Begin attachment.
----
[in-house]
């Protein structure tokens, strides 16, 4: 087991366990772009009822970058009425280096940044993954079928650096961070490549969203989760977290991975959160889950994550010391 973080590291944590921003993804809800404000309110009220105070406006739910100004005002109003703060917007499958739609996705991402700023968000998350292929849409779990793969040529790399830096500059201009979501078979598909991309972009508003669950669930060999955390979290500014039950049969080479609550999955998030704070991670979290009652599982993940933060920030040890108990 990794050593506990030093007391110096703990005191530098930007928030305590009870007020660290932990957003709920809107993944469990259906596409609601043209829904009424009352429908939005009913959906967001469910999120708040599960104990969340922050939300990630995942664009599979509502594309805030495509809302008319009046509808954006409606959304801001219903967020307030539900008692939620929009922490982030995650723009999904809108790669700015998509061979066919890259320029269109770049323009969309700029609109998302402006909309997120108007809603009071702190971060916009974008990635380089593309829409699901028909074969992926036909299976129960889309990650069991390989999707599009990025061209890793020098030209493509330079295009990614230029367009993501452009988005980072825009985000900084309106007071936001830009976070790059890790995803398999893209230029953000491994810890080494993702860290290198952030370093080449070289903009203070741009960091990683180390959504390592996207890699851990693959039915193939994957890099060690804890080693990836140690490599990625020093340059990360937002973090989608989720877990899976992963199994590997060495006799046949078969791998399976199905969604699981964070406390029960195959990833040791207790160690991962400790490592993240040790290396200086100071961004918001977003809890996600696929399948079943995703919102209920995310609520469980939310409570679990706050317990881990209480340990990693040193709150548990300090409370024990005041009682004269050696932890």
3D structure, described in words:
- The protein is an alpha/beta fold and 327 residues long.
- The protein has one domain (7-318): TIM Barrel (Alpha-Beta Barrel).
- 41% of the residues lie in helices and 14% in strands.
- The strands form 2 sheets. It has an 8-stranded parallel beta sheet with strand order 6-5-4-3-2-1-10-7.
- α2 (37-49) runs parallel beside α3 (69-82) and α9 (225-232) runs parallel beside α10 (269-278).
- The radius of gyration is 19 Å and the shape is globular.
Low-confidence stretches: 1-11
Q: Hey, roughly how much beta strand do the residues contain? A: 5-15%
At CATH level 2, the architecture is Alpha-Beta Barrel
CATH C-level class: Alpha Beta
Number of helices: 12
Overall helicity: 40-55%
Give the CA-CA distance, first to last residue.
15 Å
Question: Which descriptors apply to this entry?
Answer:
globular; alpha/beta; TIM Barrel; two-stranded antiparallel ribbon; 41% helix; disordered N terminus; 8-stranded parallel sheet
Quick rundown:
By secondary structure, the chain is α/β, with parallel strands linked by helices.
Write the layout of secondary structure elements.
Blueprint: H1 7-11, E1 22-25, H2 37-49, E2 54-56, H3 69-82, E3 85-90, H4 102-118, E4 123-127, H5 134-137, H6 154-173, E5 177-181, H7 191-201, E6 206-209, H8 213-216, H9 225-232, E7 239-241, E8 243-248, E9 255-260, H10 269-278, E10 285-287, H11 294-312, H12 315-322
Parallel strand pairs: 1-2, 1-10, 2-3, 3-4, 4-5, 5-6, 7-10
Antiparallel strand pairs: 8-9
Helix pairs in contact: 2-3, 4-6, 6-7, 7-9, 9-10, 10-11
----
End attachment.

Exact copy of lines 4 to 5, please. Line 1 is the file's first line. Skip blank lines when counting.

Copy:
- The protein is an alpha/beta fold and 327 residues long.
- The protein has one domain (7-318): TIM Barrel (Alpha-Beta Barrel).